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Fax Facts - August 14, 2019

Attention: Physicians, Nurse Practitioners, Hospitals - Emergency Rooms / Infection Control / Occupational Health, Walk-In Clinics, Long-Term Care Homes, Retirement Homes:

RE: Locally-Acquired Cyclosporiasis

Current Situation

Ontario is experiencing an increase in the number of Cyclospora infections. There have been 113 locally-acquired cyclosporiasis cases reported in the province between April 1 and August 6, 2019. We are requesting your assistance with the diagnosis of infected patients. Testing for Cyclospora will support prompt treatment of patients to lessen the duration of symptoms, as well as assist with identifying the source of illness.

Diagnosis: Cyclospora infection can be diagnosed by submitting a stool sample for ova and parasite (O&P) testing to your local laboratory or to the Public Health Ontario Laboratory using the General Test Requisition form.

Treatment: First-line treatment is trimethoprim-sulfamethoxazole (TMP-SMX).

What is Cyclosporiasis?

Cyclosporiasis is a gastrointestinal illness caused by infection with the parasite Cyclospora cayetanensis. It is commonly characterized by frequent watery diarrhea, as well as other symptoms such as anorexia, fatigue, abdominal cramps, nausea, and myalgia. Left untreated, symptoms typically last 6 to 7 weeks and can wax and wane in intensity. Symptoms generally improve within 2 to 3 days of starting the first-line treatment for cyclosporiasis.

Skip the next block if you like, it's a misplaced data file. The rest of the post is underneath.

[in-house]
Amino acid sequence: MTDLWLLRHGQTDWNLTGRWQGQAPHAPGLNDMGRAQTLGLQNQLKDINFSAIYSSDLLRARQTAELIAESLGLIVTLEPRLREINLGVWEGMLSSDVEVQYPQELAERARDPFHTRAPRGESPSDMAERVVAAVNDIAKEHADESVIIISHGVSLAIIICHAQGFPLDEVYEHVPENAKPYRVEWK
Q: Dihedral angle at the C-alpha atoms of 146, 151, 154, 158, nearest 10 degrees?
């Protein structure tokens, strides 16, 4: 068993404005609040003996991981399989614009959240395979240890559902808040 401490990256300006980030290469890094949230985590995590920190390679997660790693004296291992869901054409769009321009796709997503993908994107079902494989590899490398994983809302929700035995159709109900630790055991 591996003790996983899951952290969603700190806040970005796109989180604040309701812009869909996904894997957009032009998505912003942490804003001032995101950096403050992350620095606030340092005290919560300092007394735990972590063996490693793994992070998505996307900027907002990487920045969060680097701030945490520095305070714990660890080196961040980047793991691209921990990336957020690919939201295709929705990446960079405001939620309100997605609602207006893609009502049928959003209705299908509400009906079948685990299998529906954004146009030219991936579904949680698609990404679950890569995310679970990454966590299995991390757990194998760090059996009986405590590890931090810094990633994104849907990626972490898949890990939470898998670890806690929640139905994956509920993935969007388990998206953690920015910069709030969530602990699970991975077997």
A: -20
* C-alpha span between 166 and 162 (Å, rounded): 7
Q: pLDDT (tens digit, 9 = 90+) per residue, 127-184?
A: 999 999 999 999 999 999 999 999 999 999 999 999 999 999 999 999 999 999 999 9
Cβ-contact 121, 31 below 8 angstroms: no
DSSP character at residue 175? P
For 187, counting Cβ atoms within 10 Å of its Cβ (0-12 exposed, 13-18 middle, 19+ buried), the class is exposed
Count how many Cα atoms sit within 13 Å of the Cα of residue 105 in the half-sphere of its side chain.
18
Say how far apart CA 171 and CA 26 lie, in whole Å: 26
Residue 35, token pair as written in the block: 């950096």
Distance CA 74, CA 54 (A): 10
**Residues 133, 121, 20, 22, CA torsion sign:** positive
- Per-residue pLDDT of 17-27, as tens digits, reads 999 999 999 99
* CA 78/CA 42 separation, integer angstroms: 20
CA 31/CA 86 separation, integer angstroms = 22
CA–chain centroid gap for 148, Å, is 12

How is Cyclospora infection acquired?

People are infected by ingesting food or water contaminated with the parasite. Cyclospora is not endemic in Canada. Most reported cases in Ontario are infected when visiting an endemic country (e.g., in the Caribbean, South and Central America, South and South East Asia) or during annual spring/summer outbreaks of cyclosporiasis. When cases occur in individuals who did not travel (as is currently occurring in Ontario), an investigation is launched to determine potential sources of Cyclospora in imported foods. Most outbreaks of locally-acquired infections are likely due to fresh produce such as berries or herbs that are imported from Cyclospora endemic countries. The infection is unlikely to spread from person to person.

Additional Resources

For more details on Cyclospora infection, see:

Cyclosporiasis (Cyclospora) - Public Health Agency of Canada

For more details on cyclosporiasis in Ontario, including links to testing information, see:

Cyclosporiasis - Public Health Ontario

For more information, contact a Communicable Disease Prevention and Control Nurse at 1-866-888-4577, ext. 1232.